The Historic Places Trust has been called "gutless" as Christchurch's dwindling heritage falls beneath the wrecking ball.
Christchurch Central Labour MP Brendon Burns has lashed out at the trust, which he says has been too quiet while dozens of quake-damaged heritage buildings are lost. "The Historic Places Trust has been woeful. It's a disgrace," he said.
But trust chief executive Bruce Chapman said the trust was heavily involved in retaining heritage buildings in Christchurch. It was also assisting building owners, Christchurch City Council and the Canterbury Earthquake Recovery Authority (Cera).
The trust has assessed 176 heritage buildings for Cera, in most cases arguing for the building to be retained rather than demolished, he said.
However, it was unclear how many of these recommendations had been heeded, with the trust losing much of its influence under emergency law changes introduced since the quake.
"There is no longer the presumption of protection left. It comes down to the wishes of the owner," he said.
The trust was "disappointed" with the loss of heritage, but did not have a view on whether it was happening too quickly, Chapman said.
More than 150 quake-damaged heritage buildings have been approved for total or partial demolition, with dozens already reduced to vacant lots. The fate of other badly damaged heritage buildings – such as Christ Church Cathedral – is yet to be determined.
The post-quake heritage group Iconic – of which Burns is a member – met Earthquake Recovery Minister Gerry Brownlee for the first time last week to discuss heritage preservation.
Burns said the results had not been encouraging. "He [Brownlee] said the Government would not intervene in any cases to uphold the need for heritage buildings."
Burns said the public should have a say in the demolition of heritage buildings, especially when public money had been used to preserve and strengthen some buildings that owners were now trying to pull down.
The council had paid $750,000 for the quake-strengthening of Warners Hotel in Cathedral Square, which Cera had now approved for demolition.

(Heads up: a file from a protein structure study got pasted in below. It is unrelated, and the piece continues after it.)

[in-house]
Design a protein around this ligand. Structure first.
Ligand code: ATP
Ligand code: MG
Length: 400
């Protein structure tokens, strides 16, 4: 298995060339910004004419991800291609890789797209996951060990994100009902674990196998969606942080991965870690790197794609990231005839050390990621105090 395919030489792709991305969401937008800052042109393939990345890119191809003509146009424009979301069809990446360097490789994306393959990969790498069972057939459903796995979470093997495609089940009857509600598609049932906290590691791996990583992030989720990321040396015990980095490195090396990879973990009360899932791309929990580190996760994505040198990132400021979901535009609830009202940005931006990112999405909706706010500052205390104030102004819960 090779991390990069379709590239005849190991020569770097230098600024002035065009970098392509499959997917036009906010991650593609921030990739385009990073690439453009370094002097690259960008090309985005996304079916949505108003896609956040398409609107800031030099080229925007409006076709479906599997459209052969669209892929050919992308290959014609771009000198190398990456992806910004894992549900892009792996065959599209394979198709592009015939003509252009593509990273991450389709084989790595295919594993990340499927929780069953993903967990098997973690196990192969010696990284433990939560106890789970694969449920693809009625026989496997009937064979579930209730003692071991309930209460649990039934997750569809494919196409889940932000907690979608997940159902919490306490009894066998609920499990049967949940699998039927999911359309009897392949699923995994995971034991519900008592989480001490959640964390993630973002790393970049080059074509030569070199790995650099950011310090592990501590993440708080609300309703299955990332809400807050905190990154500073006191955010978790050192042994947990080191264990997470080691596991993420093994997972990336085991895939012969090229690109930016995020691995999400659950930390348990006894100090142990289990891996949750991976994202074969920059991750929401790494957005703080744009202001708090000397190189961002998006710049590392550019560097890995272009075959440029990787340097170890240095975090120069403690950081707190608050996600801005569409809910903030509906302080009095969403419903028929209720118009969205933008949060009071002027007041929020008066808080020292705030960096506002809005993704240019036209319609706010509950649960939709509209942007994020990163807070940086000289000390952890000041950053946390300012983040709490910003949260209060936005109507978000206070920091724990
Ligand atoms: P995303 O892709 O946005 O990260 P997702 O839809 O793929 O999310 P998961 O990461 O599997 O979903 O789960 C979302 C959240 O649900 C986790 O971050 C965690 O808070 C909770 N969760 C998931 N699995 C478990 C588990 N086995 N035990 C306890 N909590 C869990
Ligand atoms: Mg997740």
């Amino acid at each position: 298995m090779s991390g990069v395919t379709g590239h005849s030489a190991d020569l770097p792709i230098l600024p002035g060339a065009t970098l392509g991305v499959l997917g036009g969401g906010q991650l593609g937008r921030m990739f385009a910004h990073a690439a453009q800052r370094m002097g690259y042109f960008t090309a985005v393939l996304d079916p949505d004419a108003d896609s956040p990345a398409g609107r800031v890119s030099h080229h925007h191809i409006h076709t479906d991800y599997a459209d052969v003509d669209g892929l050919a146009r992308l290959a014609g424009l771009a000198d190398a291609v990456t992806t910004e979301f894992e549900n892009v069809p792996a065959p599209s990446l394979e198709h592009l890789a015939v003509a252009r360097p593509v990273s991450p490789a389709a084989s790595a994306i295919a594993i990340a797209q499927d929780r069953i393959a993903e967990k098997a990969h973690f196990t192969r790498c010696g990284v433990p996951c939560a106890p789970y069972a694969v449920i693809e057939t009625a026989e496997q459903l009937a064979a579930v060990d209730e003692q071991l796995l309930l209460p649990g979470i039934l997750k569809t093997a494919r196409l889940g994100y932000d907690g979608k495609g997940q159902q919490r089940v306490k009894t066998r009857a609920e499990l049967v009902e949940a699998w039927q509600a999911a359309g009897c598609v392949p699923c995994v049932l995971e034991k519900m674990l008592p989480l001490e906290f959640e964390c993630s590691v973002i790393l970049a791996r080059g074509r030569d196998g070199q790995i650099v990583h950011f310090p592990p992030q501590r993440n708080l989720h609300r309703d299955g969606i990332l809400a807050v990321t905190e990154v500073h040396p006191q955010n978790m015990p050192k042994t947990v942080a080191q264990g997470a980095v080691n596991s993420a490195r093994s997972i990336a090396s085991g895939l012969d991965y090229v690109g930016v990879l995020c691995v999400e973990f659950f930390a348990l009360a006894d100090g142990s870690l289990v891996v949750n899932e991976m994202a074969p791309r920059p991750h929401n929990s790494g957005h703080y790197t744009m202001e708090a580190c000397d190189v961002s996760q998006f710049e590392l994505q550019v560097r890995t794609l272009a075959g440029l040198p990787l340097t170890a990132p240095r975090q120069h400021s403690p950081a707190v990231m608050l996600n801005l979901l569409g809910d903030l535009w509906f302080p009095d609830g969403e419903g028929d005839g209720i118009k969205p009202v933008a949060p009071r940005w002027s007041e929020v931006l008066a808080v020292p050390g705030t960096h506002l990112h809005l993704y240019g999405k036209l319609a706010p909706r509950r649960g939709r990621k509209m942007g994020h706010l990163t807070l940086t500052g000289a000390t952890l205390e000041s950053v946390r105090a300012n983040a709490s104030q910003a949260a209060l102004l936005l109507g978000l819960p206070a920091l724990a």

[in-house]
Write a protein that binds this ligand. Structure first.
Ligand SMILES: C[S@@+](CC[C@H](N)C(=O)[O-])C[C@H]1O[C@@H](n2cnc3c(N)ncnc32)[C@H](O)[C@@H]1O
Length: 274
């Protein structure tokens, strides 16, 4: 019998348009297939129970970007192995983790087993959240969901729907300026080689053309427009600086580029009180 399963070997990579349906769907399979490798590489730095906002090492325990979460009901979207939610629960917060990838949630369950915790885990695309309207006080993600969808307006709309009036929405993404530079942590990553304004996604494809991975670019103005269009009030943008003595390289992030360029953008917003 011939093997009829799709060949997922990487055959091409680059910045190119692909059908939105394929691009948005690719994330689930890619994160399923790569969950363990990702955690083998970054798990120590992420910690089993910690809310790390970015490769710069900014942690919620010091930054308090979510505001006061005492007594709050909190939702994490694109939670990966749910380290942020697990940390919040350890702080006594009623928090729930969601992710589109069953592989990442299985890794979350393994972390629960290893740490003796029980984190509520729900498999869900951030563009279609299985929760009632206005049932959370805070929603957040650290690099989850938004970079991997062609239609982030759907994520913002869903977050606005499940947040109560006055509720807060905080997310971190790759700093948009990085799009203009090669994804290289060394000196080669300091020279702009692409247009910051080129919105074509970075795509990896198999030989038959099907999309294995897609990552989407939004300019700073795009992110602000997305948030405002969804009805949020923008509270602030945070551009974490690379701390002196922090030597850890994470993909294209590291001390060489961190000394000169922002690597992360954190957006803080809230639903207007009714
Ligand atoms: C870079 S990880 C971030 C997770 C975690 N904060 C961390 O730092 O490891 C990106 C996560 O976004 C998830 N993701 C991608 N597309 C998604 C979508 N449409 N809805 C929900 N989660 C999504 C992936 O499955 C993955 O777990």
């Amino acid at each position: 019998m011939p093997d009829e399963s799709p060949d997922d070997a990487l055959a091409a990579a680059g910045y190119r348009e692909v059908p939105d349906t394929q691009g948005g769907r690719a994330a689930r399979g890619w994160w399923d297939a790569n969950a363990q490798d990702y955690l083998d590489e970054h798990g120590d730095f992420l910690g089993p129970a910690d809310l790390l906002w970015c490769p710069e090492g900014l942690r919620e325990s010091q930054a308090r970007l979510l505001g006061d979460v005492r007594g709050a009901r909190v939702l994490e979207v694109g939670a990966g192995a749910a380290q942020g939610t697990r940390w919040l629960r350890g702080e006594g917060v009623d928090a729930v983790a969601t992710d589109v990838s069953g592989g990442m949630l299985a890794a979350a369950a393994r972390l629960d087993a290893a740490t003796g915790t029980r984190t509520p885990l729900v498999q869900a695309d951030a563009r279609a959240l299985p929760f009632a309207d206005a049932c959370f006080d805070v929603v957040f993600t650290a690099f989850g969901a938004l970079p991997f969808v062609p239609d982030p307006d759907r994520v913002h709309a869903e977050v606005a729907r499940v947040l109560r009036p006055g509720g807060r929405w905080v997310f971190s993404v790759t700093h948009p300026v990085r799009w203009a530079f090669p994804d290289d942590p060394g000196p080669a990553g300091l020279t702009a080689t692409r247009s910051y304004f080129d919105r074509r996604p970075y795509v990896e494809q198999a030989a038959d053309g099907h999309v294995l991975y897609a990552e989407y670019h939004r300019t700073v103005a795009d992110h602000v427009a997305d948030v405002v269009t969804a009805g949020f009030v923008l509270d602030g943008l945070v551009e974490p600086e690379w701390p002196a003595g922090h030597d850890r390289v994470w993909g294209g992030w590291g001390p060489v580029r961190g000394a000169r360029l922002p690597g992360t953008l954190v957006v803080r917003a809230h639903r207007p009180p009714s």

However, heritage building owners say they face an uphill battle to save anything, combating skyrocketing insurance costs, tougher building codes and lack of revenue while the buildings remain damaged.
Warners Hotel owner Gordon Chamberlain said the building had been deemed dangerous by three separate engineering reviews. It was not possible to bring it up to code. "The buildings that are coming down deserve to come down because they are a safety hazard," he said. "I'm a bit concerned that we have some Labour MP poking his nose into this."
KPI Rothschild director Dean Marshall said his company applied for a grant to help save one of their heritage buildings, but could not secure enough money to make preservation financially viable. The company had 16 central city buildings – almost all of them heritage – but 13 have already been demolished.
"There is not enough heritage funding out there and even if there was the insurance is too expensive."
The Canterbury Earthquake Heritage Building Trust Board has received about $4.5m in donations – including from the Historical Places Trust to save heritage buildings – and thus far made three grants totalling $450,000.
These include the Masonic Lodge in Lyttelton and the New City Hotel on Colombo St. DemolitionA2
- The Press
Resource consent being denied for the Basin flyover is:Related story: Board of inquiry says 'NO' to Basin flyover